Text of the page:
Today, Montana Colors is a major brand. Again from the website:

All brands have a path and a record in history, as well as an appellation of origin which guarantees its authenticity. Ours began 18 years ago in Barcelona, at a time when, after the launch of our first spray product, the word spread across Europe, and writers and artists from France, Germany, Switzerland, and Italy began to arrive to fill their car trunks with Montana and bring it back to their countries. From that moment up until now, the Montana Colors brand has expanded to a presence in more than 30 countries in the world and to 15 official points of sale: Montana Shop & Gallery, in cities such as Barcelona, Madrid, Valencia, Seville, Montpellier, Brussels, Amsterdam, Nottingham, Lisbon, Montreal, Tokyo, Buenos Aires, Rio de Janeiro, and San Paulo.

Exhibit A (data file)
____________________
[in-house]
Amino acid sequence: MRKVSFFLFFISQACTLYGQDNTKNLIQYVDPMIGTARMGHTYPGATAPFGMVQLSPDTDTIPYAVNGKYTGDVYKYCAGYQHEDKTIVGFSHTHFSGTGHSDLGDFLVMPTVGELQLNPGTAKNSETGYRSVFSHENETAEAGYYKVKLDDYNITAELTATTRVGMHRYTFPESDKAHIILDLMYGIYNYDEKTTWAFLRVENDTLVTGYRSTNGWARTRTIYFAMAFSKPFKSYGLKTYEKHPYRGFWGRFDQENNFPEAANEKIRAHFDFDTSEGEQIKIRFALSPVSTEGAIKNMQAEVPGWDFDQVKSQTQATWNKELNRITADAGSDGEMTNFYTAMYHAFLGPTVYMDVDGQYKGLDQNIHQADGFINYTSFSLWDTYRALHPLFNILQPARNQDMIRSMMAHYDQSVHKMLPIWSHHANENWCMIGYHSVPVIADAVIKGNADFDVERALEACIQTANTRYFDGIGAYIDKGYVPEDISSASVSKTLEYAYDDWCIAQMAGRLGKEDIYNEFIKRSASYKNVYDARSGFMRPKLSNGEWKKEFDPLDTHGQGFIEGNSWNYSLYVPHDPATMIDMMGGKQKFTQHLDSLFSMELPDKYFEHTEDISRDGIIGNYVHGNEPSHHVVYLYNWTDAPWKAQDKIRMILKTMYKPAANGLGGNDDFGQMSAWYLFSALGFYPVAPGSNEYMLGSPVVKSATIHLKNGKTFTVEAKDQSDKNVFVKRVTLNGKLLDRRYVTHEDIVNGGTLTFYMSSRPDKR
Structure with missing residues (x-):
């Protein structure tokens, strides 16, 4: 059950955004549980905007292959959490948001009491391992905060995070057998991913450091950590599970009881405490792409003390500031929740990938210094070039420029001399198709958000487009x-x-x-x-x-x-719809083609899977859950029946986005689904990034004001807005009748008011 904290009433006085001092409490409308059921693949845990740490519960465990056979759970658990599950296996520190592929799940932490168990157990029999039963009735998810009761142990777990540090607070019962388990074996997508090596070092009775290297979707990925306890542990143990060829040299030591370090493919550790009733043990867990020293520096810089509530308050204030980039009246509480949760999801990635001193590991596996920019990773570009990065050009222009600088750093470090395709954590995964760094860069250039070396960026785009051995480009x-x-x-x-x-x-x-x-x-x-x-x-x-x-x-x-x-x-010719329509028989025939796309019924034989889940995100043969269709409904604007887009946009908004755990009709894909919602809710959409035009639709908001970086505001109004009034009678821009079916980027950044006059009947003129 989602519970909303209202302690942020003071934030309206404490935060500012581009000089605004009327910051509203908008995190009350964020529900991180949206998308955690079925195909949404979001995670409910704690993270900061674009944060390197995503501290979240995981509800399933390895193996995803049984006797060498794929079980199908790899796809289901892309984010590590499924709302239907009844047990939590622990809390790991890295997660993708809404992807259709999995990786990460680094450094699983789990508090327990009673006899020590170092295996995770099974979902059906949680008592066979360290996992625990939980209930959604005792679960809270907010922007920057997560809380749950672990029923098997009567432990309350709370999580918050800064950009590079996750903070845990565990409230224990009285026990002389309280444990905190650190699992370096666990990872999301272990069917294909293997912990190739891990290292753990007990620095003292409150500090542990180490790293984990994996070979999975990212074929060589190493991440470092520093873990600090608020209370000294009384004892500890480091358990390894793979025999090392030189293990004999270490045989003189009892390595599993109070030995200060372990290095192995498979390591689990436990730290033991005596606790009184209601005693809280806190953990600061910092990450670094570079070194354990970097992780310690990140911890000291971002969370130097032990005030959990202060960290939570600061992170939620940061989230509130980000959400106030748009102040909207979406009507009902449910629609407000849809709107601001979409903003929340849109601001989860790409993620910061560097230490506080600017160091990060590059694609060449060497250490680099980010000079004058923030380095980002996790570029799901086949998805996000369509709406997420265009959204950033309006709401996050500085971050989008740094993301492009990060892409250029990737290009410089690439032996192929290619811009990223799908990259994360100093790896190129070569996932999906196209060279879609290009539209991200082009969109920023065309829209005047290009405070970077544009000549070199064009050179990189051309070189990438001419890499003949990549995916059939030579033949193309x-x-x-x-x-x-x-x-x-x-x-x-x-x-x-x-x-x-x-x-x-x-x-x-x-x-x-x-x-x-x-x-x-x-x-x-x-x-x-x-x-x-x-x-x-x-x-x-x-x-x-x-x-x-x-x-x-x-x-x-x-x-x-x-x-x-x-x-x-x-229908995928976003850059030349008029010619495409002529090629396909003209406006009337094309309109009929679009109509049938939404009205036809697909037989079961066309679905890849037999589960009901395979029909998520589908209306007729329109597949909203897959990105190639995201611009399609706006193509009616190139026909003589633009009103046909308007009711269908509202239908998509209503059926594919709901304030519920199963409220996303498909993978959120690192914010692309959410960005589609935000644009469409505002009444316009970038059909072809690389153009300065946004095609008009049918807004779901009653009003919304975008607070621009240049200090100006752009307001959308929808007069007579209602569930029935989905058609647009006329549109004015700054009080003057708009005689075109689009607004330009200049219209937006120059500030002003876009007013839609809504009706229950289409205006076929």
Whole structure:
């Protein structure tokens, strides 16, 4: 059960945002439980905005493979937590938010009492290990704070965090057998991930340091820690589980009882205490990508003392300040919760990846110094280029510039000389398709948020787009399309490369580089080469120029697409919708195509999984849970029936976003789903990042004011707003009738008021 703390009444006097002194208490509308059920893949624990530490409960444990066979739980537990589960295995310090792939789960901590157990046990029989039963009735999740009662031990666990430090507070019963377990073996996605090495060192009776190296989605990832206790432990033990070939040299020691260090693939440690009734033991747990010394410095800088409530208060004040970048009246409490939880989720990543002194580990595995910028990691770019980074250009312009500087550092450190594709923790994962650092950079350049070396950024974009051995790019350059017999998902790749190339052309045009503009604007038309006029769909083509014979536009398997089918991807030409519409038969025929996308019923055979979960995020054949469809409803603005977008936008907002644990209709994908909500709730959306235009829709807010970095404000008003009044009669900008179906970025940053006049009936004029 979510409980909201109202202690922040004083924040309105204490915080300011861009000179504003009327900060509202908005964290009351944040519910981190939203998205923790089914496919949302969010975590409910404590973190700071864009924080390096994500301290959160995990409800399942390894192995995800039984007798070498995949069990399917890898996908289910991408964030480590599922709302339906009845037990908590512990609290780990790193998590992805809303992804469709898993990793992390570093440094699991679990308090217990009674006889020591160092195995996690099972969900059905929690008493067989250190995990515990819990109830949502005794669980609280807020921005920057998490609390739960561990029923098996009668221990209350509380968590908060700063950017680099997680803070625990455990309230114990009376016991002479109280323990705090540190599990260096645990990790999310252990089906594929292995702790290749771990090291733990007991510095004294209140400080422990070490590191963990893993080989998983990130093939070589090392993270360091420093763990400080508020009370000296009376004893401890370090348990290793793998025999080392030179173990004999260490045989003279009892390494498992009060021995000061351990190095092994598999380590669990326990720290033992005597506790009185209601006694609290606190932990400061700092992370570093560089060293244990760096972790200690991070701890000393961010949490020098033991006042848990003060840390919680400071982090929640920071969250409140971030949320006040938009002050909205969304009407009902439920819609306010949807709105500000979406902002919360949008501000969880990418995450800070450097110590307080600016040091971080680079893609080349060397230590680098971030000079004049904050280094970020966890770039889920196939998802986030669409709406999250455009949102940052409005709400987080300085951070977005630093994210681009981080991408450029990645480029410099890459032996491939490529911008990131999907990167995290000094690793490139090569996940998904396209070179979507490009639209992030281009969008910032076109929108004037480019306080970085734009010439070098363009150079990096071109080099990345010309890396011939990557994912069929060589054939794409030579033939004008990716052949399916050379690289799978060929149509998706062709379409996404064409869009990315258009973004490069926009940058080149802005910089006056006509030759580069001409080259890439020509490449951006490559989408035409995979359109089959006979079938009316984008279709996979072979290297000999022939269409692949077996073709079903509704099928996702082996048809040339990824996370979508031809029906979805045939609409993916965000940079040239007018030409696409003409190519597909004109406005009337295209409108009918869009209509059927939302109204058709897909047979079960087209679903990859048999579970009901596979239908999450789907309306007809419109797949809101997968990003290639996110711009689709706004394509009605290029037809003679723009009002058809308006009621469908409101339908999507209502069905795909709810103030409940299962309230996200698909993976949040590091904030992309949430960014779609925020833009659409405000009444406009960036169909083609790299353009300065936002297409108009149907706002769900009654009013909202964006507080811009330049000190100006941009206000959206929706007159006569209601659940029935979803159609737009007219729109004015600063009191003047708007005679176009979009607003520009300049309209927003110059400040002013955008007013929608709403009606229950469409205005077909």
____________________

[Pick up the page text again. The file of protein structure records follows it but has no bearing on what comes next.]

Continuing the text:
The root of the proliferation of graffiti in these ancient Spanish cities comes down to two things: (1) personal statements of rebellion and independence following a dictatorship, and (2) the introduction of a product that “filled a hole in the market.”

And if that’s not a statement about the cultural power of branding, I don’t know what is.

CreateAThon Helps Launch Social Enterprise

Social Enterprise is capitalism for a cause, and a growing business model.

Client Profile

Epworth Children’s Home offers congregate care to children ages four to 18 who are victims of abuse or neglect. Funding sources include the SC Department of Social Services and the Methodist church. Seeing funding diminish over time, Epworth Children’s Home formed Friends of Epworth as a 501 C-3 focused on fundraising.